That great victory, and the ultimate victory that would follow at Appomattox Courthouse, set the stage for a revolutionary change in the world, just as Lincoln knew it would.  The preservation of the American union and the struggle for the basic human dignity that became its primary motivation, established the foundation for America’s growth.

Politically and economically we became the world’s leading power.  Our example proved to people everywhere what liberty in harness could do, what powerful values could create, what a union of free men and women was capable of accomplishing.

Lincoln had told the Congress in December 1862, seven months before Gettysburg, that “In giving freedom to the slave, we assure freedom to the free—honorable alike in what we give and what we preserve.”

Father Abraham Lincoln would be very proud today, for today our example has shown the way to liberty and independence to so many around the world: to Poles, to Hungarians, to Czechs, Slovaks, Lithuanians, Latvians, Estonians, Bulgarians, Romanians, Ukranians, and a host of others.

Yes, it is true that many of these newly-freed people are confronting wrenching and difficult situations—just as we did in 1863.  But how hopeful it is that they wrestle with their liberties instead of with their chains.

The brave men who died on this battlefield laid the foundation for this struggle as surely as did Thomas Jefferson when he wrote the Declaration of Independence 87 years before Gettysburg.

Jefferson gave the world the words of freedom.  Gettysburg gave the world the blood of freedom.  After Gettysburg, a reborn America was destined to lead itself and to lead the rest of the world to true freedom.

We did not come to this role of world leadership as tyrant or as king.  We came to it as a union of free men and free women.  We offer our leadership so that others might follow—not into the constraining bonds of empire, but into the full and unfettered liberty of justice, law, and human rights.  With America, history had evolved a new power on this earth—a trusted power, a power with a purpose of liberty.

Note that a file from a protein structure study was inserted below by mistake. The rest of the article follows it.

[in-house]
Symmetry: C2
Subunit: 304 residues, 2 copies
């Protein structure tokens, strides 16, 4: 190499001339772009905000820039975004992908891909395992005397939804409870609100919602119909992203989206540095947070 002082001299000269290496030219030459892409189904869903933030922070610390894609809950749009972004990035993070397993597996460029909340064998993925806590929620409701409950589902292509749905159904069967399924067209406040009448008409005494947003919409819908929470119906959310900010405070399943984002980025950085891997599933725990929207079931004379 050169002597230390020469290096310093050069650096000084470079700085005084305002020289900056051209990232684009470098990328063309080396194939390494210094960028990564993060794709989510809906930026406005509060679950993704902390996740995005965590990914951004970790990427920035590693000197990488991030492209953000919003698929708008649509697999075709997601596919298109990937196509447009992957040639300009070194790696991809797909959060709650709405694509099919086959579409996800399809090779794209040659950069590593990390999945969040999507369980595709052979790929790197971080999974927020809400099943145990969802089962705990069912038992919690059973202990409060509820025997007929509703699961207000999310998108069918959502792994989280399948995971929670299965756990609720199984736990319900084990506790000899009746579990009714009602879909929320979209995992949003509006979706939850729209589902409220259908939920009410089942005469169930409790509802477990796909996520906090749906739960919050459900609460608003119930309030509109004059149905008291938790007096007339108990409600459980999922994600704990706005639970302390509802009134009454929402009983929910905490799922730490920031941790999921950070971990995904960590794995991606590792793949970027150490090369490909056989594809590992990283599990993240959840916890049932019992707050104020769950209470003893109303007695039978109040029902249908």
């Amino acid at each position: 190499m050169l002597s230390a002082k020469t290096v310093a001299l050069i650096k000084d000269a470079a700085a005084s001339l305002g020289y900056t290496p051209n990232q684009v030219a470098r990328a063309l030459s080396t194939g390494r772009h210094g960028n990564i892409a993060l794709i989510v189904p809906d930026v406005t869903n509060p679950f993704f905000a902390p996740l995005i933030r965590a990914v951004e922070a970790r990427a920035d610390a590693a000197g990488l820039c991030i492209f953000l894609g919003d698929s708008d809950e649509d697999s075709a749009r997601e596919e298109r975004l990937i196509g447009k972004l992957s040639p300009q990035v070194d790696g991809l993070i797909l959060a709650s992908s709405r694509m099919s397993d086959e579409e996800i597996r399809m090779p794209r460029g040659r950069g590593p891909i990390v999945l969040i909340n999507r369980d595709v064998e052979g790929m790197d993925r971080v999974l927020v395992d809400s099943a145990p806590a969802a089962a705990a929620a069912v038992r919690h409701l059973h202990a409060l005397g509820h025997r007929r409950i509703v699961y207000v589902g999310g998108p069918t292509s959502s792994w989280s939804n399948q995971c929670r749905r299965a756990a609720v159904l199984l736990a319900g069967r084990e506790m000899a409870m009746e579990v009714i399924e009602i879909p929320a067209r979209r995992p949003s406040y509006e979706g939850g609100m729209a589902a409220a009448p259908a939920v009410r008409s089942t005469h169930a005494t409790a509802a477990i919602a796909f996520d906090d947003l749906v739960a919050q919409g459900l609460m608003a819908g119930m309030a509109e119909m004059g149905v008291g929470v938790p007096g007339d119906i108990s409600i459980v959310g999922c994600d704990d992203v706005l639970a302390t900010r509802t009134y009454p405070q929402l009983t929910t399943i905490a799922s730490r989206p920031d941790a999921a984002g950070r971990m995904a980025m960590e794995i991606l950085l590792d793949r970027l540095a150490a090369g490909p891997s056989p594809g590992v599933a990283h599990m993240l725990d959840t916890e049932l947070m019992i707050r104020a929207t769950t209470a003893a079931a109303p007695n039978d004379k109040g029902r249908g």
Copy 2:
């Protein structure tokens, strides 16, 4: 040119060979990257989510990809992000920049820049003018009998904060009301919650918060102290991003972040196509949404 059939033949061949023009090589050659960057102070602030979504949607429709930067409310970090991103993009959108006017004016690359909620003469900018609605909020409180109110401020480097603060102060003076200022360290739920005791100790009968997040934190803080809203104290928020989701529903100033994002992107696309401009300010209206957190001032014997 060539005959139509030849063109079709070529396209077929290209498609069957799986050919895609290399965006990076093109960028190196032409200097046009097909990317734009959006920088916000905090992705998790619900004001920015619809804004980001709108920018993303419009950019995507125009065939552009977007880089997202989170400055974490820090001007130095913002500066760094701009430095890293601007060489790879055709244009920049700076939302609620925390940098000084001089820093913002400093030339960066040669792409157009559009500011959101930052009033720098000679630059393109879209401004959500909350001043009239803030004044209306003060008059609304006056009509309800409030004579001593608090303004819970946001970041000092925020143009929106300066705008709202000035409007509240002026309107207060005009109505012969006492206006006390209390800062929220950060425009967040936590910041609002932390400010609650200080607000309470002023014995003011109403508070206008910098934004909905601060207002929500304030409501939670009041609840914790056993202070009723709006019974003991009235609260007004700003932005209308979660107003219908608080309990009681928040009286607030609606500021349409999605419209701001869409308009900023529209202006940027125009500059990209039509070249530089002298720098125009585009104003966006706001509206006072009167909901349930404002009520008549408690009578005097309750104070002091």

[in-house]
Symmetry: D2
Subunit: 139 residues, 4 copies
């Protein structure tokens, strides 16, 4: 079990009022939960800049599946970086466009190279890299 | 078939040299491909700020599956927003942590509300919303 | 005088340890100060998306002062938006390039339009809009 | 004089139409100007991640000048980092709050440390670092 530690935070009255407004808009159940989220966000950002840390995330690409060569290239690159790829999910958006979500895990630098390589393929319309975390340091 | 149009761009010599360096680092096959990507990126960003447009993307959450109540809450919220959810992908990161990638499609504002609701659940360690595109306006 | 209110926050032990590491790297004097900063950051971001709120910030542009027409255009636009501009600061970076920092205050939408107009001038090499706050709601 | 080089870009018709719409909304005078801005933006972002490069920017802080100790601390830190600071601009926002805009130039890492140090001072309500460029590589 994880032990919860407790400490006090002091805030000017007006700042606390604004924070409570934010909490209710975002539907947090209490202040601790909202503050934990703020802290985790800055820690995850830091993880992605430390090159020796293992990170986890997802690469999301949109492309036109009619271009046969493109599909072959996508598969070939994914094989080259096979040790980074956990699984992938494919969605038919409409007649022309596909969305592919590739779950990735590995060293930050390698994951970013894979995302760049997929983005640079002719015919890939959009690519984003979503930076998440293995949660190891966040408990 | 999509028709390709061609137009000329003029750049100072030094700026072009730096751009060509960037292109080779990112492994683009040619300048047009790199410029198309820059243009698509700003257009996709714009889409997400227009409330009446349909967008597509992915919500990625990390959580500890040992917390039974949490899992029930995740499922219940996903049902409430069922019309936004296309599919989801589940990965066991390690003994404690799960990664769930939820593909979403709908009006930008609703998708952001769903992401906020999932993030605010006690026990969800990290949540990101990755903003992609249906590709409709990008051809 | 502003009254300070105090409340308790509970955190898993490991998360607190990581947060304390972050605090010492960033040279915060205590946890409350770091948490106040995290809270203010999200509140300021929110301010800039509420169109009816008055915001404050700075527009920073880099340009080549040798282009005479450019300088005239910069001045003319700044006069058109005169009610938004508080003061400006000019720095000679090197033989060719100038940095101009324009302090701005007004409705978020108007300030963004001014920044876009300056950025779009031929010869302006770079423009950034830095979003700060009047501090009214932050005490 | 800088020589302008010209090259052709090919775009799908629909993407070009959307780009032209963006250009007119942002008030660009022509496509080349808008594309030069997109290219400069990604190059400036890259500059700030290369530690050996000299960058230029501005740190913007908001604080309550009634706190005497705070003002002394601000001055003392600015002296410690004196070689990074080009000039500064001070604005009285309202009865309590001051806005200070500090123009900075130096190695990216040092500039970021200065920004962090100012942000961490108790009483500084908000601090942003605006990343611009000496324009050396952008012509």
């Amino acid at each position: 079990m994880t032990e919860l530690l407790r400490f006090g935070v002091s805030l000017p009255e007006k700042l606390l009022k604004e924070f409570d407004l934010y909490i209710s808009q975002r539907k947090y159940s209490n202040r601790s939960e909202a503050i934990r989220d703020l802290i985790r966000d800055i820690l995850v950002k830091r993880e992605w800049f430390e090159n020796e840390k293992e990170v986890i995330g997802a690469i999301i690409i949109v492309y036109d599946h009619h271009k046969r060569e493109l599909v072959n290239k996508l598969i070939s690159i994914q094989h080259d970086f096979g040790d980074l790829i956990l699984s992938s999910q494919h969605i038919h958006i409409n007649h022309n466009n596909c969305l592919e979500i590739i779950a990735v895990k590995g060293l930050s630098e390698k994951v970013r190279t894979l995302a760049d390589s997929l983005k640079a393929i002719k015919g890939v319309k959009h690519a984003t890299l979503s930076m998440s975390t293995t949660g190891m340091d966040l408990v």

Today, nations around the world are making our founding words, “We the people,” a fundamental part of their own constitutional vocabulary.  Today, it is we the people who are taking charge.  It is we the people who are giving orders.  It is we the people who are throwing our tyrants, dictators and despots.

When new national leaders around the world speak, they speak of their allegiance to the people, of their power from their people, and the obligation to the people.

Just last week in Moscow, President Boris Yeltsin of Russia said: “I took an oath to serve the people—the people, and nobody else.” A direct link from Moscow back here to Gettysburg.

In June of 1990 when Nelson Mandela spoke to a joint session of Congress, I sat in the audience and listened very carefully.  What he said went straight to my heart.

This black man who had been in a South African jail for 27 years said that he went to jail because it would have been immoral not to go to jail.  He said, “It would have been an act of treason against the people” not to have gone to jail for his beliefs.  And then he explained why.  He said, “We could not have made an acquaintance through literature with human giants such as George Washington, Abraham Lincoln and Thomas Jefferson, and not been moved to act as they were moved to act.”

Yes, my friends, Gettysburg was a stunning victory.  It was a victory for the Union.  It was a victory for America.  It was a victory for the world. 

And it was especially a victory for black Americans, African-Americans.  For my profession, the profession of soldiering, the results of that victory became immediately evident.